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CLEARWATER/LAKELAND, Fla (CBS/AP) — Jim Thome found himself in an unfamiliar place Sunday — first base.
Thome played five innings at first and hit a two-run double for a Philadelphia Phillies’ split squad in a 3-3, 10-inning tie against the Baltimore Orioles.
The 41-year-old, who has not played the field in the regular season since eight innings for the Chicago White Sox at the Phillies on June 13, 2007, did not have any grounders hit to him. He had three putouts.
“It felt fun to be out there. The adrenaline was pretty awesome,” a smiling Thome said. “I haven’t had adrenaline like that in quite a while.”
Thome signed a $1.25 million, one-year deal to return to the Phillies. He hasn’t played regularly in the field since his first tour in Philadelphia ended in 2005.
“He looked all right. Looked big and strong,” Phillies manager Charlie Manuel said.
With fellow All-Star Ryan Howard set to begin the season on the disabled list while recovering from left Achilles tendon surgery, the Phillies have been playing Thome at first base in minor league games. Sunday was his first time in the field during a major league exhibition.
“I think the main thing is my body has felt pretty good,” said Thome, who has battled chronic back pain. “That has been the big thing.”
Thome hit a two-run double to deep center in a three-run third against Brian Matusz.
Philadelphia’s Roy Halladay struck out nine and walked two in 6 1-3 innings, allowing two runs and seven hits while throwing 89 pitches. He is to have one more tuneup before the April 5 opener at Pittsburgh. It will be his 10th straight opening-day start, the most among active pitchers.
“I feel good,” he said. “You get close to 100 pitches, but you want to get up and down as many times as you can. That can be the hardest part once the season starts, sitting down and then going back out there for an inning. So getting to be able to go out there for a seventh inning and get close to 90 pitches, I felt like it was very productive.”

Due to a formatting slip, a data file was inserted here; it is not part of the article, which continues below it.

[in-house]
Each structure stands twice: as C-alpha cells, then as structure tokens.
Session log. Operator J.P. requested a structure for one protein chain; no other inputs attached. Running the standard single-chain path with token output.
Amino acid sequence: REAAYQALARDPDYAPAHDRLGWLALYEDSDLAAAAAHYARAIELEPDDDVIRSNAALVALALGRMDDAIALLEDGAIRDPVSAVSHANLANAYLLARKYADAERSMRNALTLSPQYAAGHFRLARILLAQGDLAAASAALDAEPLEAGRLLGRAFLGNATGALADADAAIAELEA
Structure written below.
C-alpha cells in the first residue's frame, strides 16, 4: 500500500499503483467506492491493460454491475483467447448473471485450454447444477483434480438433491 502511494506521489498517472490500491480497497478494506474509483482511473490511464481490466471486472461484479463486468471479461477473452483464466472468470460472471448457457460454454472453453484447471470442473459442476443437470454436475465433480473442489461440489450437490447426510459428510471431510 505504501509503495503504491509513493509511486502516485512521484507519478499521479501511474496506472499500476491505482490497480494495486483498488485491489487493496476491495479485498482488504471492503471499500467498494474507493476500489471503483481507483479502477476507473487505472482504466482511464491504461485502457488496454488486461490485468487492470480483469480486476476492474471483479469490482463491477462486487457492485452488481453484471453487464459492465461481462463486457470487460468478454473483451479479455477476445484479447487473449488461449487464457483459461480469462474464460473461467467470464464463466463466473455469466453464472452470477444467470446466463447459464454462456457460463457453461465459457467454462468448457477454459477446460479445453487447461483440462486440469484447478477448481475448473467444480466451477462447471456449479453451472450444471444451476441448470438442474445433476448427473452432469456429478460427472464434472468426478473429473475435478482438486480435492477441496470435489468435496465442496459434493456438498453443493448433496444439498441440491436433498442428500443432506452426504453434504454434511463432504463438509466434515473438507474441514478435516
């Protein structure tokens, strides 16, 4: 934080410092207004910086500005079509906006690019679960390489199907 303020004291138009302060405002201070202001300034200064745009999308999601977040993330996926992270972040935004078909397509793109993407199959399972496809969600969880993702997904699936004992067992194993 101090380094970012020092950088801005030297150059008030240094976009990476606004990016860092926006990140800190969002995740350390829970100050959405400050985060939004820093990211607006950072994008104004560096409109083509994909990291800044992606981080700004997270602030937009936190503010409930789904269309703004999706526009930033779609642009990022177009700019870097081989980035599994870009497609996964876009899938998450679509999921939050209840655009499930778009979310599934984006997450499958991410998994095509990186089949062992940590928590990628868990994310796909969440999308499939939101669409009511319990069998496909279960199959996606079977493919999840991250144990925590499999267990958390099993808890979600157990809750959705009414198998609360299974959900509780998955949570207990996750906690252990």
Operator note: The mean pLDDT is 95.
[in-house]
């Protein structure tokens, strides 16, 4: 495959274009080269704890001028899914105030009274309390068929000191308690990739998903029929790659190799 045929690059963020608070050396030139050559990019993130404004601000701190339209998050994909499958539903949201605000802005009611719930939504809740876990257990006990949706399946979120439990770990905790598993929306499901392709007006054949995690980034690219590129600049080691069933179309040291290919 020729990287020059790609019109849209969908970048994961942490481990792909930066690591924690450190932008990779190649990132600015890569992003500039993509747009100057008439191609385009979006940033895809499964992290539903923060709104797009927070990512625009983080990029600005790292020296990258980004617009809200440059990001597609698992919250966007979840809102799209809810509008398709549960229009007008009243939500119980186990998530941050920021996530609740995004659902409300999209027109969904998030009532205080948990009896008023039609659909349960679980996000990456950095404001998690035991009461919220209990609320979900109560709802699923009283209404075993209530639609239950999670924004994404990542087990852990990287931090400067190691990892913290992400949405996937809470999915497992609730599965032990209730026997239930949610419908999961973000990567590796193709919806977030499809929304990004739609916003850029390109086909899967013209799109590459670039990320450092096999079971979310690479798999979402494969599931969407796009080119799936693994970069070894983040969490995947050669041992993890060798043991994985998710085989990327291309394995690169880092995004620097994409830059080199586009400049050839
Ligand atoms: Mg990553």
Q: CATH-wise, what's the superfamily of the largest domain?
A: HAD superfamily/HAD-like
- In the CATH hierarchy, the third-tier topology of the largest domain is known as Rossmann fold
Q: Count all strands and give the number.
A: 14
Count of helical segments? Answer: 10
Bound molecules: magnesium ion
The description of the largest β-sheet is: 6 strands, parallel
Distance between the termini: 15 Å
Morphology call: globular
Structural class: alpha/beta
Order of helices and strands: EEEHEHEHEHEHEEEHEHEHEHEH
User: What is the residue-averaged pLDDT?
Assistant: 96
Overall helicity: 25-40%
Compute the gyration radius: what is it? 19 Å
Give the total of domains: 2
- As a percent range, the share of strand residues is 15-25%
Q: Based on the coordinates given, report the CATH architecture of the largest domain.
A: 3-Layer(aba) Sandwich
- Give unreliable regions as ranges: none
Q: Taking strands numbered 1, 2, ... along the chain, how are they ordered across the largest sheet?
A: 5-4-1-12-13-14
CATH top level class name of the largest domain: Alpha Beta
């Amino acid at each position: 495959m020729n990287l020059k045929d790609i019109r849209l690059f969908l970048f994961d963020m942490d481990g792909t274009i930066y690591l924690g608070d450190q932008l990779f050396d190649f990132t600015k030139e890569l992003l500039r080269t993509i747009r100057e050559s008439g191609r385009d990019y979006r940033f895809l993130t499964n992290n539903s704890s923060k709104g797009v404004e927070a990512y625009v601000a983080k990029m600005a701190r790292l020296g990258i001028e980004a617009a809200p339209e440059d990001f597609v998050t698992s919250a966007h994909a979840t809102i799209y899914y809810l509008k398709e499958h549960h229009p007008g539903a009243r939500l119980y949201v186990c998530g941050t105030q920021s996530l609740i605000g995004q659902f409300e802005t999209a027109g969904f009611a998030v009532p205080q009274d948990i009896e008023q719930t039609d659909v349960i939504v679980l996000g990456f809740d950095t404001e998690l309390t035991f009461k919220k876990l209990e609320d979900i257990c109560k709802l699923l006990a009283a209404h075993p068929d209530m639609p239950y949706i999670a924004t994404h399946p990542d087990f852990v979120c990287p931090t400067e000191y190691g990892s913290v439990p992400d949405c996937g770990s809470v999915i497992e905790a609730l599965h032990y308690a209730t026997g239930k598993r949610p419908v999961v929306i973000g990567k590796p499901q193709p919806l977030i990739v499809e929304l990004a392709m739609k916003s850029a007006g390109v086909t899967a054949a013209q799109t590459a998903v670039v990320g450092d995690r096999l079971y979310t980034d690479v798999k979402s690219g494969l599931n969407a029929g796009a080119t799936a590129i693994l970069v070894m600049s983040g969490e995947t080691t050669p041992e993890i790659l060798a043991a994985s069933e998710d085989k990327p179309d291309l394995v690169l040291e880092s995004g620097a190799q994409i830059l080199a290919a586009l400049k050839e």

For the second time in five days, Halladay pitched opposite Baltimore left-hander Brian Matusz. In his third start against the Phillies this spring training, Matusz allowed three runs on six hits while striking out two and walking one in 4 2-3 innings.
“He survived well without what he has spoiled us with. Brian was OK,” Baltimore manager Buck Showalter said. “He wasn’t as fluid as he was and will be. He made quality pitches when he had to.”
“I was rushing a little bit,” Matusz said. “Rushing my delivery, I wasn’t able to settle in with something that felt good. Felt like I was battling all game. Just kept battling, kept attacking the zone.”
Meantime, in Lakeland, the Phillies got off to a fast start against Detroit Tigers starter Justin Verlander, but it wasn’t enough.
After giving up four hits and two runs to the first five batters he faced, Verlander made an adjustment.
What a difference a little bend makes.
Verlander retired 15 of his final 18 batters after talking to pitching coach Jeff Jones and the Tigers beat the Phillies 6-3.
“I left some pitches up,” Verlander said of the first inning. “I started working in the second and third getting my chest over my body a little bit and that seemed to help. I got away from that a little bit in the first and I felt it.”
Verlander retired 12 in a row at one stretch and allowed just three infield singles after the first.
“One of his big keys is to make sure he stays a little bit bent at the waist,” Jones said. “He was kind of staying upright a little too much (in the first). But, he’s very good at making adjustments on his own.”
For the day, Verlander gave up seven hits and two runs with three strikeouts and no walks in six innings. In five spring starts, Verlander is 1-0 with a 2.18 ERA.
Philadelphia’s Scott Elarton limited Detroit to two hits and one run in four innings. The 36-year-old Elarton, who pitched for four major league teams from 1998-2008, is a non-roster invitee competing for a bullpen spot. He hasn’t pitched in the majors since 2008 and was out of baseball completely in 2011.
“I’m glad that one’s over,” Elarton said. “I’ll take the results but it was a struggle from the beginning. I struggled with just about everything but was able to battle through it and get some guys out.”
Elarton said he’s not sure what’s going to happen in his comeback attempt, adding, “I guess I’m past the point of worrying about that stuff. You think about it, but whatever they tell me, I’ll live with it or be happy with it, one of the two.”
Detroit’s lone run off Elarton came in the first on a triple by Brennan Boesch and a sacrifice fly by Prince Fielder.
Detroit minor leaguer Tyler Collins broke a 2-all tie in the seventh with a three-run homer and minor leaguer James McCann added a solo homer in the eighth.
Cody Overbeck homered with two outs in the ninth for the Phillies.
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